The following post is a tribute to my nine year old son.
On Father’s Day this year he gave me his plan for a new “fast food” chain to replace McDonald’s. Maybe living in the same house with a dad that has just a drop of sustainable food on his mind inspired him, but I think it mostly had to do with the creative force that is childhood.
Here is his plan in its entirety:
O’donalds – the organic Mcdonalds
The first O’donalds would open in Burlington, Vermont. It would use only local and organic food, and would not use high fructose corn syrup. The items on the menu would come and go depending on the season. It would only acept food from local farmers within 100 miles. It would only purchase cheese from companies that didn’t use RBGH. It would have soups and salads year round, and sandwiches too. It would sell soda’s that did not contain high fructose corn syrup. Organic drinks replace Coke’s, and Dr.Pepper. Organic root beer would be sold.
Our restaurants will open in cities, such as New York City and Boston. Food will not be shipped from across the country, or will it be frozen and then reheated.
Our key word is organic. We will have panini sandwiches that are made out of homemade bread and pesto. Our soups and pastas will be delicious. We will have chocolate-chip, oatmeal and peanut butter cookies for dessert.
Now lets look at the building design. It would be a medium-sized building, with glass windows and booths with neon green seats and white tables. A shiny chandiler would be on the ceiling. Also, you could eat outside!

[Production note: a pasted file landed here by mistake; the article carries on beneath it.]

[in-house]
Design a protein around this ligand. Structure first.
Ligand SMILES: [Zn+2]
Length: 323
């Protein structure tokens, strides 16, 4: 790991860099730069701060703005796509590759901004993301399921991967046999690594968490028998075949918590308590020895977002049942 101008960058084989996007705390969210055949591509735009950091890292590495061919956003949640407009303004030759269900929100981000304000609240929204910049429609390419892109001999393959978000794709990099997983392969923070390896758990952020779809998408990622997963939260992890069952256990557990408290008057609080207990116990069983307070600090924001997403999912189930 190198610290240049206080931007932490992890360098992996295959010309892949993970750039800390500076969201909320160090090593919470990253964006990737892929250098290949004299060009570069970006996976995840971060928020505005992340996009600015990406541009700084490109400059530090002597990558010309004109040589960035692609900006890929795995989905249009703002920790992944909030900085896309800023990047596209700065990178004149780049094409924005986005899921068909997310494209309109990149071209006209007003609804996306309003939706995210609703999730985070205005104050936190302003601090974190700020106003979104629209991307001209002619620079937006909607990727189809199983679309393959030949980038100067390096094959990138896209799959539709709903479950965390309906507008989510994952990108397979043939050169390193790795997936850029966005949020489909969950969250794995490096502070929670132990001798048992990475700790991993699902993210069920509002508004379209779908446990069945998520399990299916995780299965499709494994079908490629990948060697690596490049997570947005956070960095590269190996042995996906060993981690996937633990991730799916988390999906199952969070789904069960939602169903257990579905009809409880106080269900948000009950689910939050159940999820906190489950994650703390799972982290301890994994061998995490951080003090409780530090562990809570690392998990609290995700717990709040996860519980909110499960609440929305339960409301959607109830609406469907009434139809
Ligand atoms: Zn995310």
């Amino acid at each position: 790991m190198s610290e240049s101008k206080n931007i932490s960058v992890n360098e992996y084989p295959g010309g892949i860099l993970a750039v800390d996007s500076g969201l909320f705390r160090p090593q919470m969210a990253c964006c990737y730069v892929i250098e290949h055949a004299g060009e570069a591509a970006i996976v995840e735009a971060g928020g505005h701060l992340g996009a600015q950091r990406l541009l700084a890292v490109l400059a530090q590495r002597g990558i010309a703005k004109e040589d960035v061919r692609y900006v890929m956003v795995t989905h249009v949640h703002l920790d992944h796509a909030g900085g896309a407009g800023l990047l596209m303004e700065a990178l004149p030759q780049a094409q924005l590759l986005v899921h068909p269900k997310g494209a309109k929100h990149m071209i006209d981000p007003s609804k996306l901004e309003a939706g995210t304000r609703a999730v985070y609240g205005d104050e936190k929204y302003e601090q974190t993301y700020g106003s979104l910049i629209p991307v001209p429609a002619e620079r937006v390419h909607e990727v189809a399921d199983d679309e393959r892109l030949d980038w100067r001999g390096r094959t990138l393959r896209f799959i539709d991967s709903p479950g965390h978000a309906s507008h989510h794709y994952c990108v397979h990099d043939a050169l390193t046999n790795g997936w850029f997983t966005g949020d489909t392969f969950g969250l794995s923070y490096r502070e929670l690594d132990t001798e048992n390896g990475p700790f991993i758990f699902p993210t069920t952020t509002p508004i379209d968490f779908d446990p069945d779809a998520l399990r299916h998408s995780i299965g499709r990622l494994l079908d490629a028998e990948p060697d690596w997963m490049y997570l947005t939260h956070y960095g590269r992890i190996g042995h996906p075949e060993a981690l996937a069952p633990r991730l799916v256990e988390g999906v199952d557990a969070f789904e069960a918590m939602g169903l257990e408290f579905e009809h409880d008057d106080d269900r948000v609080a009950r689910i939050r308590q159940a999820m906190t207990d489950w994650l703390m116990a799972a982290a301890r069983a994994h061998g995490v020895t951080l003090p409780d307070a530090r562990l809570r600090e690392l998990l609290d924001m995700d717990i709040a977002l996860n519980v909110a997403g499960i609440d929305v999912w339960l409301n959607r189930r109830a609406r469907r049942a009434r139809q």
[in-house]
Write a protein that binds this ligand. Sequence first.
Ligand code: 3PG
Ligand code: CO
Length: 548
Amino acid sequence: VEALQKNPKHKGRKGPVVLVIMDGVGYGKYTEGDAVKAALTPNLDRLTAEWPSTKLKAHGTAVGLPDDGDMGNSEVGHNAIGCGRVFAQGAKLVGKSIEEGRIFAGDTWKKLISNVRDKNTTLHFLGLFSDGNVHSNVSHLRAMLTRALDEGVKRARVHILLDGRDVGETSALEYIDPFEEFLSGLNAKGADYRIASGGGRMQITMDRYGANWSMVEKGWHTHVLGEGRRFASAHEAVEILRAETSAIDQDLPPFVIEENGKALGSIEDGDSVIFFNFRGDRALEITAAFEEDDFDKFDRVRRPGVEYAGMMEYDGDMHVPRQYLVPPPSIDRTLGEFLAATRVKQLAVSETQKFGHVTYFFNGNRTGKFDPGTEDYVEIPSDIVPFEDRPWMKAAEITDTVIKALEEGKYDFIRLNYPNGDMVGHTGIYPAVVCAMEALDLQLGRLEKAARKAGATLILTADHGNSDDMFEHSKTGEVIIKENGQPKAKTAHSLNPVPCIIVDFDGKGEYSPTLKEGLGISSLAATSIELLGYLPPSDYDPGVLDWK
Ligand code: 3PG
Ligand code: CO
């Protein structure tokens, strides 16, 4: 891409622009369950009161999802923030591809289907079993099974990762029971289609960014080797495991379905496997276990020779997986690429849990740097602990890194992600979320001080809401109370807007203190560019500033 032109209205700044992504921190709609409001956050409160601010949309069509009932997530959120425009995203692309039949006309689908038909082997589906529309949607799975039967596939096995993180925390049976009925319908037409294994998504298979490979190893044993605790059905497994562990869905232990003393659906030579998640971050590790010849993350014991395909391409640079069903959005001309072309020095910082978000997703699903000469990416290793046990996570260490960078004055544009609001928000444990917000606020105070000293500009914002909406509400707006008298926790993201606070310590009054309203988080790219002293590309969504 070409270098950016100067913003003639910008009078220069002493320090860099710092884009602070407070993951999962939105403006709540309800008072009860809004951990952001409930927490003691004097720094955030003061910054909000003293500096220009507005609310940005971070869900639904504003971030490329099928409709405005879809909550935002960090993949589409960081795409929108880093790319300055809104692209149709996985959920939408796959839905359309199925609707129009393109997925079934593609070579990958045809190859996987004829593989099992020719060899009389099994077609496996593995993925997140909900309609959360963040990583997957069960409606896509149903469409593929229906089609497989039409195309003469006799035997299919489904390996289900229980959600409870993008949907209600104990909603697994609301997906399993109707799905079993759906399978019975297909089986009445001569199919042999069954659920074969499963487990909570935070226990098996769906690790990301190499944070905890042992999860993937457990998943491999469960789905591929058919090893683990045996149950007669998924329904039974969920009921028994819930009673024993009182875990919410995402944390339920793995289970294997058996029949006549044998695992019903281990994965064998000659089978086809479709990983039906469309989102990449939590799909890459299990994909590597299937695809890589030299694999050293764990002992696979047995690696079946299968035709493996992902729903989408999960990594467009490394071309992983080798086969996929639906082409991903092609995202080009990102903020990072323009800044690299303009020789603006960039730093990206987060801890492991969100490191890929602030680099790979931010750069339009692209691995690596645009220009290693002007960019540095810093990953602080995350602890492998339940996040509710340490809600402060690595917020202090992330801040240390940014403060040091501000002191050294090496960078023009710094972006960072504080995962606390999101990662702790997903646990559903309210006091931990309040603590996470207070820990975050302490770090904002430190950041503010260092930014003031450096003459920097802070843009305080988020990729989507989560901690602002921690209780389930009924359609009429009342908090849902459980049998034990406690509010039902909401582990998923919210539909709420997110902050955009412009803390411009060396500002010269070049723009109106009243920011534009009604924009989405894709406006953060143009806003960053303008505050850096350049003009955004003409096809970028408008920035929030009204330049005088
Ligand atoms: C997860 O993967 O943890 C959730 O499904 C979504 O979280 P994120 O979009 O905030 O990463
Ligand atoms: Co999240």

The pesto would be a yummy lemon balm pesto, and O’Donalds would have a huge garden within a 100 mile radius. We would have sundaes with organic root beer, homemade vanilla ice cream with a bit of Vermont whipped cream. Yum.
Whether its my son or daughters (have three), or yours, we should be engaging them in discussions about where our food comes from, as well as how it is grown, processed and sold. When time (and patience) permits, sit down to find a yummy recipe to make for dinner, take them shopping and talk about making choices (e.g., conventional or organic produce), and work together preparing and cooking meals.
This has been the standard practice in our home since we had our first child over 13 years ago. Clearly, the things we talk about, the things we value, and the actions we take are sinking in.
Rob Smart is a food entrepreneur focusing on regional food systems and consumer retail experiences. He blogs on alternative food systems at Every Kitchen Table and Civil Eats (guest blogger), and micro-blogs on Twitter as Jambutter.